Abstract: Case Studies of Resettled Refugee Mothers and Daughters: Review of Cases from Syria, Afghanistan, and Pakistan (Society for Social Work and Research 27th Annual Conference - Social Work Science and Complex Problems: Battling Inequities + Building Solutions)

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Case Studies of Resettled Refugee Mothers and Daughters: Review of Cases from Syria, Afghanistan, and Pakistan

Saturday, January 14, 2023
Laveen B, 2nd Level (Sheraton Phoenix Downtown)
* noted as presenting author
Erum Agha, PhD, MSW, LCSW, Postdoctoral Fellow, The University of North Carolina at Chapel Hill, Chapel Hill, NC

Patriarchy has historically been a traditional social system in many Eastern countries - ingrained among individuals born in that system and reinforced by internalization of norms through socialization. It influences relationships among families and in society at large and is also associated with disempowerment of women. When Eastern refugee mothers and daughters resettle in the West, their roles shift and daughters begin to take the parental role in caregiving with responsibilities common to males in the Eastern cultural context. Exposure to traumatic events throughout the migration journey makes the mother-daughter dyad more vulnerable and in many ways inseparable. This intersection of mental health needs with race and gender, further shapes and marginalizes the mother-daughter dyads. Limited research is available on the emotional bonds between refugee mothers and adult daughters and their collective mental health needs for optimum outcomes in the context of social and interpersonal functioning. There is a need to examine these relationships to develop culturally relevant and appropriate social and clinical interventions for mother-daughter dyads and strategies for their individual empowerment.


Data are a subset of a primary qualitative study (n=14) conducted to examine the mental health needs of resettled refugee women. This exploratory qualitative study employed a feminist methodology to explore the social and interpersonal functioning of resettled refugee mothers and their adult daughters. Recruitment was facilitated through refugee resettlement agencies in the southeastern United States. Verbal consent was sought from all participants and no compensation was offered. Mother and daughter dyads were interviewed at two points in time, one month apart and lasted 45 minutes each. Thematic analysis was used to analyze data using NVivo software. Code book was developed starting with consultations with experts and community partners. Intercoder reliability was established, discrepancies resolved through discussion and reports were produced for coding categories.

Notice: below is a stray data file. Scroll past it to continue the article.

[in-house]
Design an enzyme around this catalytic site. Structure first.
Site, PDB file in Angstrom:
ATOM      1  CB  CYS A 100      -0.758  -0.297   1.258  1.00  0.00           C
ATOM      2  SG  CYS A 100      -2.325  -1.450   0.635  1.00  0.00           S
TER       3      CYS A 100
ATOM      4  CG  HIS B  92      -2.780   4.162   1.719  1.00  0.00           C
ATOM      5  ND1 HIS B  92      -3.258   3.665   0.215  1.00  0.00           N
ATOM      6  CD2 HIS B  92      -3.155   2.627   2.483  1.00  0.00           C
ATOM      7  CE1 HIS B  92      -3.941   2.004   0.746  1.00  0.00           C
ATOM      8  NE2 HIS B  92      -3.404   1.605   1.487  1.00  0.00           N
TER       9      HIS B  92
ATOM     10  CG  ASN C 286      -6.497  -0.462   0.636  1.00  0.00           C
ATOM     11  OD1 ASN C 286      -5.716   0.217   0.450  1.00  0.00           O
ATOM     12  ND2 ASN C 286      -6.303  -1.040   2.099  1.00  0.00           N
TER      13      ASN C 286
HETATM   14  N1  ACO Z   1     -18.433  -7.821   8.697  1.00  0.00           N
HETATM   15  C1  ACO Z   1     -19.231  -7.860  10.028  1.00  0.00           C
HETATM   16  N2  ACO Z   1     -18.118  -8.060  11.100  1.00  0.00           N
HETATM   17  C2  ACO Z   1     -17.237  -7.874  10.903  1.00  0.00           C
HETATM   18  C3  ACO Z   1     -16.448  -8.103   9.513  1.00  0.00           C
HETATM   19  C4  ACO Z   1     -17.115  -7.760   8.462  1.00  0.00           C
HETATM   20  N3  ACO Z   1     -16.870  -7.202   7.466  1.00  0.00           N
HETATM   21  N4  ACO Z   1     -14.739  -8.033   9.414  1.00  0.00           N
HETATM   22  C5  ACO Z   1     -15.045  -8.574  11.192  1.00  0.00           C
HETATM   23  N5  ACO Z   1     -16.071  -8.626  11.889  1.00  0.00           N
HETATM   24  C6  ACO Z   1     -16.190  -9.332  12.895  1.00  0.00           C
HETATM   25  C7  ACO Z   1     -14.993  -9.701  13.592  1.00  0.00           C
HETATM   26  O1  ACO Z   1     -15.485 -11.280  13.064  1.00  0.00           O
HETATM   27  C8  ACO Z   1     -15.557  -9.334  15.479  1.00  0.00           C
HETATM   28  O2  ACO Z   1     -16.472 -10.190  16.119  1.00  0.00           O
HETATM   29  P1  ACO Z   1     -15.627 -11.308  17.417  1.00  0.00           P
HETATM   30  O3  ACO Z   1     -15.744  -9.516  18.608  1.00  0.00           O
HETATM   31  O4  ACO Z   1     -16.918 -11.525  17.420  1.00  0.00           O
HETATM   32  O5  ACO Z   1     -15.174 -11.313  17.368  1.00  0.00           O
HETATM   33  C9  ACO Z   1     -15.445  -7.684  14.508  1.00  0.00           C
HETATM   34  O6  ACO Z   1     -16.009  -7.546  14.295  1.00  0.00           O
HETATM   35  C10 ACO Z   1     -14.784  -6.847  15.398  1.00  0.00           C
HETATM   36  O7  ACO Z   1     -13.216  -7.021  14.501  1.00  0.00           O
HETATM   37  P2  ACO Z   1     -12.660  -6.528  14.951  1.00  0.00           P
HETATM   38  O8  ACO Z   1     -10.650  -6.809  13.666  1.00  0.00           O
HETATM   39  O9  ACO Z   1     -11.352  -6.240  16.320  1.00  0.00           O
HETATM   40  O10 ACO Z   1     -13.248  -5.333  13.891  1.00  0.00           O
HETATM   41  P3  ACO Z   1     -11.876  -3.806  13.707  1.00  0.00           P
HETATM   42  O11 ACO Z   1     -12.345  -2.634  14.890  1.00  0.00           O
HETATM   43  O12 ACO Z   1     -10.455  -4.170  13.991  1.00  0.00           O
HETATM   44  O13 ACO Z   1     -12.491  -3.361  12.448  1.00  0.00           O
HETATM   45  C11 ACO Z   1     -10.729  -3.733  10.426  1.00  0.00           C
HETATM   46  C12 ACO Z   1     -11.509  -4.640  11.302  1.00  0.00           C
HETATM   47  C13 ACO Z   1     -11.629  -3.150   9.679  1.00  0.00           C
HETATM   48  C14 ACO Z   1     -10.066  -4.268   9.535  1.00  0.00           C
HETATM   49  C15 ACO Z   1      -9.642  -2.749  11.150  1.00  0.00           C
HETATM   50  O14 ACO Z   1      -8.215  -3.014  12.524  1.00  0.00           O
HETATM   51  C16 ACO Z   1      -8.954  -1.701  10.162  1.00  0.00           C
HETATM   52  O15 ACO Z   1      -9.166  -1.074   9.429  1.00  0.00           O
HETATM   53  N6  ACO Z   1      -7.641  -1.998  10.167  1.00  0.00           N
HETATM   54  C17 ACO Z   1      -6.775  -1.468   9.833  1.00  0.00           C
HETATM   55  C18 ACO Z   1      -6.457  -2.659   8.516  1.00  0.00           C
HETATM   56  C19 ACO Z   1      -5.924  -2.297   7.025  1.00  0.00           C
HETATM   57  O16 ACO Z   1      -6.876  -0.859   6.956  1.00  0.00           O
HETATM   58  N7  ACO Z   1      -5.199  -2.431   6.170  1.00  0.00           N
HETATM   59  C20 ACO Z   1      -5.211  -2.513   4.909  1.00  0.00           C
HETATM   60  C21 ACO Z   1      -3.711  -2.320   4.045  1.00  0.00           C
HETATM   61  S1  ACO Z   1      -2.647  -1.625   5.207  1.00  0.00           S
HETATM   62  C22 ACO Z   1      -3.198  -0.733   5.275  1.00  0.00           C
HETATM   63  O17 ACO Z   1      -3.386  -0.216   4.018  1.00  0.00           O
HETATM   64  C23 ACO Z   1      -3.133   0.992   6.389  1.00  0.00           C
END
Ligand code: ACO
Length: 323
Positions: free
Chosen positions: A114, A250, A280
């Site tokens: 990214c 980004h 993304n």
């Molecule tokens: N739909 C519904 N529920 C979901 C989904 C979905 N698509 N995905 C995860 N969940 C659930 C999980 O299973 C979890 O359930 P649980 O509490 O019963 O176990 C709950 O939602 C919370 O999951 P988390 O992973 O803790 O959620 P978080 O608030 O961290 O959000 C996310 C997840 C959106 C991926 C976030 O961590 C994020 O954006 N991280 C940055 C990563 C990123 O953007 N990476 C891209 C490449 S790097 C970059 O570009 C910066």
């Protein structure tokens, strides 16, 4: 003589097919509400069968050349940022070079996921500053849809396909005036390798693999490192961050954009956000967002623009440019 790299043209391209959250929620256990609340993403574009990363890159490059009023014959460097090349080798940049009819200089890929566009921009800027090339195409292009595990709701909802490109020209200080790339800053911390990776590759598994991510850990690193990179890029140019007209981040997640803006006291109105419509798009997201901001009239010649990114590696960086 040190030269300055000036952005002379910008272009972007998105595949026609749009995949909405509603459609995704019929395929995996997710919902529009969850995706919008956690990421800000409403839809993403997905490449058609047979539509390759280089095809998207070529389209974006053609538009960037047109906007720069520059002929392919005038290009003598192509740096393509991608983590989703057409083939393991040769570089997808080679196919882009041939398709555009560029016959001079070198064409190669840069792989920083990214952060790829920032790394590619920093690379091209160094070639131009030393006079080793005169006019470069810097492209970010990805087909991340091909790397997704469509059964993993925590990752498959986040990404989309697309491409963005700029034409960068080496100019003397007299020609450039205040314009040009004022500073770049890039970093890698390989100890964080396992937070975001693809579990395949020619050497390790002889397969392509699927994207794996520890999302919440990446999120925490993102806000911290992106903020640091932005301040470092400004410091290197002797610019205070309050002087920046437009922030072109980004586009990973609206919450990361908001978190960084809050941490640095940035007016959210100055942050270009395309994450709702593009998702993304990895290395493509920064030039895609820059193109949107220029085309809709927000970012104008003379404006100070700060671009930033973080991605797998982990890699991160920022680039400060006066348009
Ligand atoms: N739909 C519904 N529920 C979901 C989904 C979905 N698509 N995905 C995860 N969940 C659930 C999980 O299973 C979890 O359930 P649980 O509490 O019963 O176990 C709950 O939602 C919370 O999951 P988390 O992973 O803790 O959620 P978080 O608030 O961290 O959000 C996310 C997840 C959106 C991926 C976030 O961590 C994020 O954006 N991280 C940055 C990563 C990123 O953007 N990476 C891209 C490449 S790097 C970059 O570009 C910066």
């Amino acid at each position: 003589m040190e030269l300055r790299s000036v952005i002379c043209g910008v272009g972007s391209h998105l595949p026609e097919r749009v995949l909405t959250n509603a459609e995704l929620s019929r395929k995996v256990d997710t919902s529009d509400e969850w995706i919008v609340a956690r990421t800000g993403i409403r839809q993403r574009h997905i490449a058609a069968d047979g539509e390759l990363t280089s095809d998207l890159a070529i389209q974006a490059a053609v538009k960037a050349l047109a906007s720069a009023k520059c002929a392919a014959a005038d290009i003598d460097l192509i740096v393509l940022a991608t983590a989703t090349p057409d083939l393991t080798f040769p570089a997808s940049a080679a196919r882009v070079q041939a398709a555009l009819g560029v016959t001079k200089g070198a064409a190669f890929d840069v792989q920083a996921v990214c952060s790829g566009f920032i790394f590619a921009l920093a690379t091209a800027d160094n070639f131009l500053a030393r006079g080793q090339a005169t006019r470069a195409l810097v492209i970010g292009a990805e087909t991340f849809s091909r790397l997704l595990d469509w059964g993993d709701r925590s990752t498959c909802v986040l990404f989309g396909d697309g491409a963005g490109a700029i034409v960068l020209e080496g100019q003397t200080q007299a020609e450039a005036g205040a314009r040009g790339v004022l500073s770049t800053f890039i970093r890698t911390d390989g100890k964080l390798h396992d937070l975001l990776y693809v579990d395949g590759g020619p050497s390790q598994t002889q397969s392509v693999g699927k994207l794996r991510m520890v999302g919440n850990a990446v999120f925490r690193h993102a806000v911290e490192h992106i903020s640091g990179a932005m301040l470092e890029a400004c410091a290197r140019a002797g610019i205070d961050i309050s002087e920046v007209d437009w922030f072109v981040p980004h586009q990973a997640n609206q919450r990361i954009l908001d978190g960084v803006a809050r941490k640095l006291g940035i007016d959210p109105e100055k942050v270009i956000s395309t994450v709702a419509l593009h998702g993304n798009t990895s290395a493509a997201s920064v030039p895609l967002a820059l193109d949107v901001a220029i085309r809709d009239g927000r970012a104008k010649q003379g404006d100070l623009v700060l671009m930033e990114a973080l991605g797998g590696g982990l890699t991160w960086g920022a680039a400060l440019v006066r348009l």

All women in the case studies lacked English language and work experience upon arrival. Mothers had no or minimal education and daughters had varied low education. There was some desire to socialize among daughters and low to none among mothers. All dyads practiced Islam. Mothers’ vulnerability made it challenging for daughters to pursue their goals; yet, the daughters supported their mothers’ dependence. Social interventions improved outlook in all dyads. Grief & loss, isolation, and resistance to change were the most prominent themes among the mothers; whereas, hope, changing roles and socialization as adaptation were the most prominent themes among daughters.

Conclusion & Implications:

There is limited literature on the unique social, emotional and mental health needs of mother-daughter dyads and approaches to addressing these needs. This information is critical in serving them socially and clinically. In addition, examining the dyads as co-dependent could be erroneous. Social and community services must address the mother-daughter dyads as one unit initially until clients are ready to seek independent services. Although the dyad may exhibit some features of codependency, with proper support and culturally relevant social and clinical interventions, transformation to interdependence may surface quickly leading to independent healthy lives.